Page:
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Notorious property scam moves into its final stage after FCA action

Samuel Exall and associates ripped off some £3 million from inexperienced investors via a land banking scheme.

Nigel Lewis

exall property

One of the most notorious property scandals of the late noughties has moved into its final stage after the Financial Conduct Authority (FCA) revealed that it has finally recovered funds from a fraudulent land banking scheme that saw over £3 million extracted from investors.

Between late 2009 and May 2011 hundreds of people invested their savings in an unauthorised collective investment scheme run by Synergy Land Group Limited and its director, then 24-year-old Samuel Exall trading as Synergy Land Group.

The scam, which Exall and three associates ran,  saw strips of land in Gloucestershire sold via pressure sales techniques – elderly property investors were told that developers such as Taylor Wimpey and Barratt Homes were being forced to sell land at a discount by weak demand, none of which was true.

These plots, it was promised, would then rise in value significantly when Synergy obtained planning permission for the sites and then negotiated with a developer in order to realise a large profit for individual investors.


Property investors were offered plots for £7,000 but told they would be worth £40,000 once planning permission had been sought.

But the riches did not materialise and Exall and his associates were prosecuted by the City of London Police for conspiracy to commit fraud relating to his involvement in a number of land banking schemes.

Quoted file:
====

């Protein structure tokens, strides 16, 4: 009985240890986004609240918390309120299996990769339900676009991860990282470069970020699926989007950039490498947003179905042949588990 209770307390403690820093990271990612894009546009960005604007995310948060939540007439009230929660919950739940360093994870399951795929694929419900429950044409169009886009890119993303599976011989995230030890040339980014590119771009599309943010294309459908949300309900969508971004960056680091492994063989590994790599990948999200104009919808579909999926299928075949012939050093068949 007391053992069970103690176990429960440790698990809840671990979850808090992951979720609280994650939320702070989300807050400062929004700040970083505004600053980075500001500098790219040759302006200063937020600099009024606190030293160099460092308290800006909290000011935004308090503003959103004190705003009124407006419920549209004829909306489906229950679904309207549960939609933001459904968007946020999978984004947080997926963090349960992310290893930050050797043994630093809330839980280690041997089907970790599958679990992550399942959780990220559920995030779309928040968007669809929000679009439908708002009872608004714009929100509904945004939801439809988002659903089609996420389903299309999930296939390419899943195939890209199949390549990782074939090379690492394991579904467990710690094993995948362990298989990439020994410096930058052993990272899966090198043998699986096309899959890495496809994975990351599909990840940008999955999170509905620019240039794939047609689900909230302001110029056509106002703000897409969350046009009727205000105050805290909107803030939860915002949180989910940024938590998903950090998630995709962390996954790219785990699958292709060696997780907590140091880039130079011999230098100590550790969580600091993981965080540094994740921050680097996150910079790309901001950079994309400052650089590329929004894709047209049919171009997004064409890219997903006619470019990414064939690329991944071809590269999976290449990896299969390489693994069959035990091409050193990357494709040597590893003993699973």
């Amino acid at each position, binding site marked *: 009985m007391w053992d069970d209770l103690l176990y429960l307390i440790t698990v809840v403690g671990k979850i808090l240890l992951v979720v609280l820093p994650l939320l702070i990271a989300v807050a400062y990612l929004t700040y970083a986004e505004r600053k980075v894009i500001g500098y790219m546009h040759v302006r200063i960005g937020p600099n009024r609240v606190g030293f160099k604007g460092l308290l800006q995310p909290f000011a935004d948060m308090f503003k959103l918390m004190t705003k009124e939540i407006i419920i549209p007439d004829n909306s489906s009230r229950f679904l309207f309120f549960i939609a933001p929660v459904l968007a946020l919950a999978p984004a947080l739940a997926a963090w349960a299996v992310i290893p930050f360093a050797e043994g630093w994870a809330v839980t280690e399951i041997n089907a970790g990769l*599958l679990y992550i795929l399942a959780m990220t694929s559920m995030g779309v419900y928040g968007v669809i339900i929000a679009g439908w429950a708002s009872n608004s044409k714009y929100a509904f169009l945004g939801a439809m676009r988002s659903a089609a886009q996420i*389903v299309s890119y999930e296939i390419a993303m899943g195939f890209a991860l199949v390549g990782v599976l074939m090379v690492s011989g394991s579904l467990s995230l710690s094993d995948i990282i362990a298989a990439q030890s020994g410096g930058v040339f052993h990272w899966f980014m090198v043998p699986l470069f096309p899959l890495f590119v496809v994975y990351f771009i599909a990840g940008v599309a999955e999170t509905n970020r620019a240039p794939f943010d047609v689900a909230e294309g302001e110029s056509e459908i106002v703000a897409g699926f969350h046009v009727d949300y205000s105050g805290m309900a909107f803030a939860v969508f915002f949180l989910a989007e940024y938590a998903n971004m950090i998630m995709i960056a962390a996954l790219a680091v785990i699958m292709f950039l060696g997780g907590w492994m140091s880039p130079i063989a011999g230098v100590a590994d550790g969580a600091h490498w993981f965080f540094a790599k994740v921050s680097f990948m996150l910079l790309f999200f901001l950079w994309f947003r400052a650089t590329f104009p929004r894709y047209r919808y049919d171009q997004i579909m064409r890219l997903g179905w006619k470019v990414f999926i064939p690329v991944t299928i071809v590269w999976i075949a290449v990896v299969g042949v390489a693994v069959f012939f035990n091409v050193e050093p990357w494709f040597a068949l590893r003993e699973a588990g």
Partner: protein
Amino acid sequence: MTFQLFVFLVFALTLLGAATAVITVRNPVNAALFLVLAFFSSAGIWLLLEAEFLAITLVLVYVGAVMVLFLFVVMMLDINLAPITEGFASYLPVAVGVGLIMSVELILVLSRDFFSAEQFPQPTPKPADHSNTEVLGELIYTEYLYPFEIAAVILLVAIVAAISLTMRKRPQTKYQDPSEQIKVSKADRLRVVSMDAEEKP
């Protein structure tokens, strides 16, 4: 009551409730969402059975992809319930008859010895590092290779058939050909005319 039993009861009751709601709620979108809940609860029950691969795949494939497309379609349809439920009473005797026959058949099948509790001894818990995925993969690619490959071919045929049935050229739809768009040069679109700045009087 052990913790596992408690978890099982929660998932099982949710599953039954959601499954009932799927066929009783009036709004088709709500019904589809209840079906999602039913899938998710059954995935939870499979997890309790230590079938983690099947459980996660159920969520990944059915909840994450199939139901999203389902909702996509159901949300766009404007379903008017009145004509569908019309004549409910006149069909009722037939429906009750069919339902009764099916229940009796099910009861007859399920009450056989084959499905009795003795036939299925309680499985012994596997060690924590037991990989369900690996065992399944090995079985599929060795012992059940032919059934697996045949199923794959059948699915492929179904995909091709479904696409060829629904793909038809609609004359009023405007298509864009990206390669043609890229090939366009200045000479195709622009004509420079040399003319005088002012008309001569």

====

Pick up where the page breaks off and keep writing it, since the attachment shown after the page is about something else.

In October 2016 Exall was convicted and sentenced to 4 years in prison.

The Synergy land banking scheme was investigated by the FCA and in June 2011 it began civil action against Synergy and Exall resulting in the FCA obtaining orders freezing their assets,

The FCA has recently recovered a sum of money following the sale of these assets and ‘small sums’ are now available to be returned to investors.

Read about other land banking schemes.

October 12, 2020

One comment

  1. Unfortunately, this type of scam is still being perpetuated, I recently saw an auction site advertising a myriad of small plots of soil at vastly inflated prices, no reflection on the auction house, but obviously someone had forensically packaged a couple of acres and put a price tag on each bundle, I think the going rate was £9,000 an acre, but sold as individual lots they would have generated £120,000, unsurprisingly no bidder came forward. Also, had planning ever been allowed, the concept of getting multiple owners to agree on a strategy to actually build the site out would have been a miracle as well.

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